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Will Name Interim Resident Grievance Officer Soon: Twitter to Delhi HC

'Delay was caused as the person appointed as grievance officer withdrew his candidature', twitter told high court

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Twitter has submitted an affidavit before the Delhi High Court stating that it will soon be appointing an interim resident grievance officer, as mandated by the new Information Technology Rules, NDTV reported.

The microblogging website further informed the high court that the delay was caused as the person who was named the interim resident grievance officer withdrew his candidature last month.
An Interim Resident Grievance officer was appointed as per the new IT Rules. However, even before steps could be taken to completely formalise the arrangement, the official withdrew his candidature on 21.6.2021
Twitter's affidavit

The affidavit was submitted before the Delhi High Court in a plea filed by a Twitter user alleging that his complaint against certain tweets were not acted upon promptly by the social media website.

At Final Stage of Appointment

In its affidavit, the social media giant informed the court that it is at the 'final stage' of finding the replacement for the person who withdrew his candidature last month.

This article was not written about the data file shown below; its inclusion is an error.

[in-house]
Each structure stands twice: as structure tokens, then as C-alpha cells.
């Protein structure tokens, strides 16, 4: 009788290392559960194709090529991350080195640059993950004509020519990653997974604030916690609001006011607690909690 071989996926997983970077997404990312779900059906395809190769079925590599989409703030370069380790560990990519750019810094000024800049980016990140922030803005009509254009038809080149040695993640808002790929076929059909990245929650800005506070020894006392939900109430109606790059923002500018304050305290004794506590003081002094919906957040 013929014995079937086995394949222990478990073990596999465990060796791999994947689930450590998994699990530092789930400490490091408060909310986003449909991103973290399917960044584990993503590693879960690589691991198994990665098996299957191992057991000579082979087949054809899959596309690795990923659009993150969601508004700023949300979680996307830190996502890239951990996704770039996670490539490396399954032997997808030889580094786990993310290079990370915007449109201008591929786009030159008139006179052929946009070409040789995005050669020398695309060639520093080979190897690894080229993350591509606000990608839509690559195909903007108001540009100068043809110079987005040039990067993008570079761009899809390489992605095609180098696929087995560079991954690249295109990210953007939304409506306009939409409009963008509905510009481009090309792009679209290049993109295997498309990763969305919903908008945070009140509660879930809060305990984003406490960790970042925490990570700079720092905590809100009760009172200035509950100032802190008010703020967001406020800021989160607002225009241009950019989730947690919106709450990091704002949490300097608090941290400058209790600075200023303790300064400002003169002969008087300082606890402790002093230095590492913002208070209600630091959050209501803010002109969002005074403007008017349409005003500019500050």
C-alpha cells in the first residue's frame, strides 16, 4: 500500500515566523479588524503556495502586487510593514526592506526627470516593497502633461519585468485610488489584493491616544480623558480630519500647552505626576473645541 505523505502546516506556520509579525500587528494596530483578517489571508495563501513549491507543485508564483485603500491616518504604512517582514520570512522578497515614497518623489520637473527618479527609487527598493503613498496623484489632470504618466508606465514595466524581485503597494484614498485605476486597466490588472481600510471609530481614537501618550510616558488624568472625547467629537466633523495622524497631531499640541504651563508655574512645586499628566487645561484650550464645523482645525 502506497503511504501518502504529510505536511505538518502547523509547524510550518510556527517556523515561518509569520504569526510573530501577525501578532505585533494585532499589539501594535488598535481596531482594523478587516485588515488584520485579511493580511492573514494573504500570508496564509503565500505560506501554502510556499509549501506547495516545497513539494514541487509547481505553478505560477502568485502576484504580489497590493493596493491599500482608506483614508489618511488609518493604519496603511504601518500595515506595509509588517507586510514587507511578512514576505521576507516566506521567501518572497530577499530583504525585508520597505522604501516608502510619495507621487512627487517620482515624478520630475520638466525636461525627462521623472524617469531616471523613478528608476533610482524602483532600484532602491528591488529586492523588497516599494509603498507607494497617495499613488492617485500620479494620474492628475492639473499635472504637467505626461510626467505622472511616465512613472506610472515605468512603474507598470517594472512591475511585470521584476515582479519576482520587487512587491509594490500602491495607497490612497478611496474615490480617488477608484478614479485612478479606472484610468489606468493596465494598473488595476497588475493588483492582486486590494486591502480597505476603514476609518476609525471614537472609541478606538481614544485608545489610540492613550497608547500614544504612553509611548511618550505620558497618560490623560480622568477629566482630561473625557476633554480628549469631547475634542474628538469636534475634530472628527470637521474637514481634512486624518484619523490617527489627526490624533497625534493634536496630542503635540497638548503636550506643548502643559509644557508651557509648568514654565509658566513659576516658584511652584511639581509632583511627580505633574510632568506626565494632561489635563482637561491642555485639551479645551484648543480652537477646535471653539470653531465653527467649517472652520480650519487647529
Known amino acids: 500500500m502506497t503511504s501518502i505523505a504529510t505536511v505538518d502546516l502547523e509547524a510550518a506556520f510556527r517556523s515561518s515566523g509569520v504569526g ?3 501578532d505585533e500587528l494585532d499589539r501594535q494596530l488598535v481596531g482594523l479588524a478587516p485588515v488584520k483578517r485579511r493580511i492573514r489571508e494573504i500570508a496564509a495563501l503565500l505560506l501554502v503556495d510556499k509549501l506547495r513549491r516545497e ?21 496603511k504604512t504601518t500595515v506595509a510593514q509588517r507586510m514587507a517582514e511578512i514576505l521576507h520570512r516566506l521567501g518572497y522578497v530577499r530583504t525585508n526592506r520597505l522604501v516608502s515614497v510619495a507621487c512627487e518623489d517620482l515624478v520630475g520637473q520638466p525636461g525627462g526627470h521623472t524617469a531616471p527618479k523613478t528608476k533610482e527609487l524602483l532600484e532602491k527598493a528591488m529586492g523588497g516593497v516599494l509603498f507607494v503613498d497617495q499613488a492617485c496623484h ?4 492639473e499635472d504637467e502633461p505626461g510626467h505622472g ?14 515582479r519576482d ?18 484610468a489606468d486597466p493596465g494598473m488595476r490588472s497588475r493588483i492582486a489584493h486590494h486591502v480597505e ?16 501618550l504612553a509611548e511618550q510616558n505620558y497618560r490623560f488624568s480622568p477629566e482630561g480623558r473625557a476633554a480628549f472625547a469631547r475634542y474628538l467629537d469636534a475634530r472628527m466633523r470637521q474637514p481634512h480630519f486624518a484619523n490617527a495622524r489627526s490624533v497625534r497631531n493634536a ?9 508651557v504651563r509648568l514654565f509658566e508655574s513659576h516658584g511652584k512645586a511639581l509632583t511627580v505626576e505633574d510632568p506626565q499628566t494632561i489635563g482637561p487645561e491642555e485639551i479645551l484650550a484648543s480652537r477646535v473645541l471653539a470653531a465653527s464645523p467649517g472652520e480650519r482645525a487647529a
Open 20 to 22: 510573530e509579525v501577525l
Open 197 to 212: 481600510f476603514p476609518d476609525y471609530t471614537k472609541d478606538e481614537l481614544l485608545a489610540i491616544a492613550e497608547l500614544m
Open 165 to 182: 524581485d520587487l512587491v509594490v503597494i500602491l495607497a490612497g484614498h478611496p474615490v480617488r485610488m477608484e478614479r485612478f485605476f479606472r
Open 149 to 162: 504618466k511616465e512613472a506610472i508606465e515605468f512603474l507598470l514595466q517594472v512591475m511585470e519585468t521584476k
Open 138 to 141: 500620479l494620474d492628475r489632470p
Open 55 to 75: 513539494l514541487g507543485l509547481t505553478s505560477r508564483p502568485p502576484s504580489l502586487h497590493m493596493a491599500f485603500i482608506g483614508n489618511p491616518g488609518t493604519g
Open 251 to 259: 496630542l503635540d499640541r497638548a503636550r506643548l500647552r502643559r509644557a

We are in the final stages of appointing a replacement. In the meanwhile, the grievances of Indian users are being addressed by the Grievance Officer
Twitter's affidavit

Twitter further asked the court to dismiss the said petition as not maintainable since Twitter is a corporation registered in United States of America.

The court was informed that Twitter recently appointed Global Legal Policy Director Jeremy Kessel as grievance officer for India to follow the new IT rules.
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Resident Grievance Officer 

As per Rule 4 of the new IT Rules, significant social media intermediaries are required to appoint a chief compliance officer, a nodal officer, and a grievance officer -- all whom are required to be residents of India.

Non-compliance would result in these platforms losing their intermediary status that provides them immunity from liabilities over any third-party data hosted by them. In other words, they could be liable for criminal action in case of complaints.

These firms also must publish monthly reports with details of complaints received and action taken. Taking action could include removing a piece of content or covering photos or videos that may be disturbing to some audiences with a warning.

(At The Quint, we are answerable only to our audience. Play an active role in shaping our journalism by becoming a member. Because the truth is worth it.)

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